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India’s seeks to regulate commercial surrogate industry

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There are no official figures on how large the fertility industry is in India. A U.N.-backed study in July 2012 estimated the surrogacy business at more than $400 million a year, with over 3,000 fertility clinics across India.

The Akanksha clinic in Anand is the best-known at home and abroad, giving the small town in Gujarat state the reputation as India's "surrogacy capital".

"The surrogates in Anand have become empowered through giving this beautiful gift to others," says Akanksha's owner, IVF specialist Nayana Patel, who shot to fame in 2004 after she helped a patient have a baby by using the woman's mother – the child's grandmother – as a surrogate.

"With the money, they are able to buy a house, educate their children and even start a small business. These are things they could only dream of before. It's a win-win situation."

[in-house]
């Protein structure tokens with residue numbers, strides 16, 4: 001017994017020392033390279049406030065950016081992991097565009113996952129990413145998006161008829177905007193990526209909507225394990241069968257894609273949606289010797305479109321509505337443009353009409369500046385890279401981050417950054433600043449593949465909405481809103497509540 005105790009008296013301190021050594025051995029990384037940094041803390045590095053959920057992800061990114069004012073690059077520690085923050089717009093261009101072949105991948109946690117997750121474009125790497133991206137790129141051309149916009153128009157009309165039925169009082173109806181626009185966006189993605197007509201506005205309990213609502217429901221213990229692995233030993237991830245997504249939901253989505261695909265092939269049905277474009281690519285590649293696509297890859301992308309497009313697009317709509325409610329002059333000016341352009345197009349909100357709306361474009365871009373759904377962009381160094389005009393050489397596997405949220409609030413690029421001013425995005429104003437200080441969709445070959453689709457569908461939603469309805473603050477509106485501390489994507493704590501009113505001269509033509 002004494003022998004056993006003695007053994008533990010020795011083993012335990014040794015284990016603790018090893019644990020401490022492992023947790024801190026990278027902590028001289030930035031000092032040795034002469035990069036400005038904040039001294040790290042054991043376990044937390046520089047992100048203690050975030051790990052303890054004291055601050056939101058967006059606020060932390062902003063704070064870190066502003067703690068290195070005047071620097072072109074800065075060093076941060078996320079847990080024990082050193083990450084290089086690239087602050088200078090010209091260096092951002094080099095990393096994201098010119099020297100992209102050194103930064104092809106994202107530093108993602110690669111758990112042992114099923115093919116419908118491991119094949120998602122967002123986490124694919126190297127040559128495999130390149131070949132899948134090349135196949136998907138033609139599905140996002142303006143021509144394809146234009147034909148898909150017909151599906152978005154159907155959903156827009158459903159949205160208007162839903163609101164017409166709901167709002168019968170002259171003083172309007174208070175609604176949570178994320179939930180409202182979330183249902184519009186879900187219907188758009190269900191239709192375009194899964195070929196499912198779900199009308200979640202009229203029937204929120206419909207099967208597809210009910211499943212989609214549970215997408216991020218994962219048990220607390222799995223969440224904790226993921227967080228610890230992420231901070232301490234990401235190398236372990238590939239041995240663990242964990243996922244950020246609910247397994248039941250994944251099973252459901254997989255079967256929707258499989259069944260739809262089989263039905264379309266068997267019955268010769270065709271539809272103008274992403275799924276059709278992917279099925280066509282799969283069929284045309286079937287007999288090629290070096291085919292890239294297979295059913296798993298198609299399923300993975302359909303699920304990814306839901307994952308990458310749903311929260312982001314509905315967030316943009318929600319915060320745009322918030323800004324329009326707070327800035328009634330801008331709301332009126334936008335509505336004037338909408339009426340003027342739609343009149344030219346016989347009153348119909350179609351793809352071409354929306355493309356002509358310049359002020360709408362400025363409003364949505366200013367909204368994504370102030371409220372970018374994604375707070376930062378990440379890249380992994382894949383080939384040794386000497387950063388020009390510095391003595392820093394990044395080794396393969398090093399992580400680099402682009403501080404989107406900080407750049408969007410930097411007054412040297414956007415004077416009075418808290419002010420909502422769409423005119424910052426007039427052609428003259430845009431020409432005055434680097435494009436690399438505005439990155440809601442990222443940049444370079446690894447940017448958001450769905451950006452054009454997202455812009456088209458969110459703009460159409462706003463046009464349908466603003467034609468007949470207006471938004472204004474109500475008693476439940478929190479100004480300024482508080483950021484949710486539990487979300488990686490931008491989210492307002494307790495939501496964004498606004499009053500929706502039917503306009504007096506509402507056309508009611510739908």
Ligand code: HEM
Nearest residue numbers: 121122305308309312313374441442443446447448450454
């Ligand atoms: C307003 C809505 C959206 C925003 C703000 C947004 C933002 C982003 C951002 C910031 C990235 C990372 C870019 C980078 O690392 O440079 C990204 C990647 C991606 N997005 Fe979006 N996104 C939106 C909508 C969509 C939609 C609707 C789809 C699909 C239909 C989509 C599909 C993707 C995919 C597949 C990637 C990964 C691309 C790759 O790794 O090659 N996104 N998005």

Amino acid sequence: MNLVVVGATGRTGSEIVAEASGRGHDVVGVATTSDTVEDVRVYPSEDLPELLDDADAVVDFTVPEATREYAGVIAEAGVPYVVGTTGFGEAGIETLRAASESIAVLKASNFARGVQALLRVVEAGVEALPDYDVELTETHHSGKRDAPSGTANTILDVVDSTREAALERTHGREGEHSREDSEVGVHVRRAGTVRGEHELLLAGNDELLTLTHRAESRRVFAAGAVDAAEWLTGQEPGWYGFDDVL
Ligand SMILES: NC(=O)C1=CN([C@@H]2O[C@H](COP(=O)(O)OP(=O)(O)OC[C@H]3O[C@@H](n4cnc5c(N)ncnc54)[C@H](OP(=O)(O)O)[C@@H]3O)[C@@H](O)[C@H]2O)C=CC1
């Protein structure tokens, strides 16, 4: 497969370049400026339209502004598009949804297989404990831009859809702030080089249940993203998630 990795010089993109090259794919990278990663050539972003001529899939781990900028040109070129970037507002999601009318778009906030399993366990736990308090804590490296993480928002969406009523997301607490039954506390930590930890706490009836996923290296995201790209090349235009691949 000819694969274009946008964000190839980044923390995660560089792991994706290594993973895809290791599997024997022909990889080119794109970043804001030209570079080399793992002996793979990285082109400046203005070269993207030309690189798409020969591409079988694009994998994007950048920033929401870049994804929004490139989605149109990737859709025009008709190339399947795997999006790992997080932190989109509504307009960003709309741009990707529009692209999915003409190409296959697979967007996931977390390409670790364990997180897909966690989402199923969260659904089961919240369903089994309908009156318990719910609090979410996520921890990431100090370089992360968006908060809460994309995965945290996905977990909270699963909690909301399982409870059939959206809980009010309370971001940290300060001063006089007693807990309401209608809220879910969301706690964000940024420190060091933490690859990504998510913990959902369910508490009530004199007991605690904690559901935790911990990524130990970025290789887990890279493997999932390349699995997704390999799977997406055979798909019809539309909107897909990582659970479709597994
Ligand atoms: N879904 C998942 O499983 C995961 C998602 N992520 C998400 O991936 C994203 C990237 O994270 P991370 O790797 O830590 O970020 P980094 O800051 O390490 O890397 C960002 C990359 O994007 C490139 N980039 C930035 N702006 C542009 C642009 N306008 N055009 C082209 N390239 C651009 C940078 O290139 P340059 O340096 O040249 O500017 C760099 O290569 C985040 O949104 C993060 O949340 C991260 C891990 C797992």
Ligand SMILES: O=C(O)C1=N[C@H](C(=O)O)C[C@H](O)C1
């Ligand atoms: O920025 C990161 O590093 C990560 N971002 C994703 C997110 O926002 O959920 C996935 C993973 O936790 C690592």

Patel, who appeared on U.S. celebrity Oprah Winfrey's talk show in 2007, has produced more than 500 surrogate babies – two-thirds of them for foreigners and people of Indian origin living in over 30 countries.

Charging couples like Rekha and Daniel an average of $25,000 to $30,000, a fraction of the cost in the United States, Patel pays her surrogates around 400,000 rupees ($6,500).

For 33-year-old Naina Patel, who gave birth to Gabrielle, the compensation outweighs the downside. The wife of an auto-rickshaw driver with three daughters of her own, she had to live in a hostel for nine months with 60 other surrogates so the clinic could monitor her health.

Like most surrogates, she kept her pregnancy a secret due to the social stigma in India's conservative society.

"I was happy to do it but it was not really out of choice because we needed the money," she said in a hospital bed as she recovered from the Caesarean operation for Gabrielle's birth.

"BABY FACTORIES"

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